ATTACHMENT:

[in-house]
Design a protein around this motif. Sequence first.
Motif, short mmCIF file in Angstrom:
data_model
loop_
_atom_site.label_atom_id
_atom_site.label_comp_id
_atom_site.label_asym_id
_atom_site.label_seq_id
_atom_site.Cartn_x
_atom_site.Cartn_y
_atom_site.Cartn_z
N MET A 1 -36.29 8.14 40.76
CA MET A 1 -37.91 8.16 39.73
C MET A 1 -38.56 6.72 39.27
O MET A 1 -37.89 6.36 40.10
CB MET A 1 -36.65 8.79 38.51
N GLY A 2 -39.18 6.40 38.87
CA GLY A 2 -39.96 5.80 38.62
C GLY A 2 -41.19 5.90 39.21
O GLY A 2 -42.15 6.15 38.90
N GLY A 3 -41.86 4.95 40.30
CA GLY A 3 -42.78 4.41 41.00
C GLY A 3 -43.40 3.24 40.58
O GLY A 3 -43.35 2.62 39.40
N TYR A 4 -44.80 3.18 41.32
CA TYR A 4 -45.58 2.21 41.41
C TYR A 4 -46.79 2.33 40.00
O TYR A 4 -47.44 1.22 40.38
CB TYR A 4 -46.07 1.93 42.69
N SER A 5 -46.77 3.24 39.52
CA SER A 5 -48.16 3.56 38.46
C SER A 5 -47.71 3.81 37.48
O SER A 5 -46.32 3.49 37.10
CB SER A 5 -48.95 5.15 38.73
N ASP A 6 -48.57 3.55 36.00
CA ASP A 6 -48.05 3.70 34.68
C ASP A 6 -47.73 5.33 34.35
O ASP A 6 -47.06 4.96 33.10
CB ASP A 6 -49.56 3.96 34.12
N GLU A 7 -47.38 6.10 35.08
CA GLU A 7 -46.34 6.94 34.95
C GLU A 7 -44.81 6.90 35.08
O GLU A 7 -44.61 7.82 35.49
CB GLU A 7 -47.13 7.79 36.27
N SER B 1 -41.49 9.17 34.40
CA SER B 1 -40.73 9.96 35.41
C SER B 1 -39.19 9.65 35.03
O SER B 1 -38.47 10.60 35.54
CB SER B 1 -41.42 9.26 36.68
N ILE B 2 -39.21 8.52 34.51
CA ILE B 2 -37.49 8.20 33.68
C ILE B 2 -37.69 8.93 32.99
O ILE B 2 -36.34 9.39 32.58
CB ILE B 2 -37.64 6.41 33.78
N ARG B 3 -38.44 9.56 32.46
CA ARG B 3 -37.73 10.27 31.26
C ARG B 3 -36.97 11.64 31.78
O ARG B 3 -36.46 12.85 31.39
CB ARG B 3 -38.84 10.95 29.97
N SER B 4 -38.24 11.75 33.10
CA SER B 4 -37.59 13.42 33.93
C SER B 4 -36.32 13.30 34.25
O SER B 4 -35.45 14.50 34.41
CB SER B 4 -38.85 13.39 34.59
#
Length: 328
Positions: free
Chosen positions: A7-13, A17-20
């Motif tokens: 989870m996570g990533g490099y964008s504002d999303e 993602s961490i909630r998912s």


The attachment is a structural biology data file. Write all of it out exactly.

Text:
[in-house]
Design a protein around this motif. Sequence first.
Motif, short mmCIF file in Angstrom:
data_model
loop_
_atom_site.label_atom_id
_atom_site.label_comp_id
_atom_site.label_asym_id
_atom_site.label_seq_id
_atom_site.Cartn_x
_atom_site.Cartn_y
_atom_site.Cartn_z
N MET A 1 -36.29 8.14 40.76
CA MET A 1 -37.91 8.16 39.73
C MET A 1 -38.56 6.72 39.27
O MET A 1 -37.89 6.36 40.10
CB MET A 1 -36.65 8.79 38.51
N GLY A 2 -39.18 6.40 38.87
CA GLY A 2 -39.96 5.80 38.62
C GLY A 2 -41.19 5.90 39.21
O GLY A 2 -42.15 6.15 38.90
N GLY A 3 -41.86 4.95 40.30
CA GLY A 3 -42.78 4.41 41.00
C GLY A 3 -43.40 3.24 40.58
O GLY A 3 -43.35 2.62 39.40
N TYR A 4 -44.80 3.18 41.32
CA TYR A 4 -45.58 2.21 41.41
C TYR A 4 -46.79 2.33 40.00
O TYR A 4 -47.44 1.22 40.38
CB TYR A 4 -46.07 1.93 42.69
N SER A 5 -46.77 3.24 39.52
CA SER A 5 -48.16 3.56 38.46
C SER A 5 -47.71 3.81 37.48
O SER A 5 -46.32 3.49 37.10
CB SER A 5 -48.95 5.15 38.73
N ASP A 6 -48.57 3.55 36.00
CA ASP A 6 -48.05 3.70 34.68
C ASP A 6 -47.73 5.33 34.35
O ASP A 6 -47.06 4.96 33.10
CB ASP A 6 -49.56 3.96 34.12
N GLU A 7 -47.38 6.10 35.08
CA GLU A 7 -46.34 6.94 34.95
C GLU A 7 -44.81 6.90 35.08
O GLU A 7 -44.61 7.82 35.49
CB GLU A 7 -47.13 7.79 36.27
N SER B 1 -41.49 9.17 34.40
CA SER B 1 -40.73 9.96 35.41
C SER B 1 -39.19 9.65 35.03
O SER B 1 -38.47 10.60 35.54
CB SER B 1 -41.42 9.26 36.68
N ILE B 2 -39.21 8.52 34.51
CA ILE B 2 -37.49 8.20 33.68
C ILE B 2 -37.69 8.93 32.99
O ILE B 2 -36.34 9.39 32.58
CB ILE B 2 -37.64 6.41 33.78
N ARG B 3 -38.44 9.56 32.46
CA ARG B 3 -37.73 10.27 31.26
C ARG B 3 -36.97 11.64 31.78
O ARG B 3 -36.46 12.85 31.39
CB ARG B 3 -38.84 10.95 29.97
N SER B 4 -38.24 11.75 33.10
CA SER B 4 -37.59 13.42 33.93
C SER B 4 -36.32 13.30 34.25
O SER B 4 -35.45 14.50 34.41
CB SER B 4 -38.85 13.39 34.59
#
Length: 328
Positions: free
Chosen positions: A7-13, A17-20
């Motif tokens: 989870m996570g990533g490099y964008s504002d999303e 993602s961490i909630r998912s």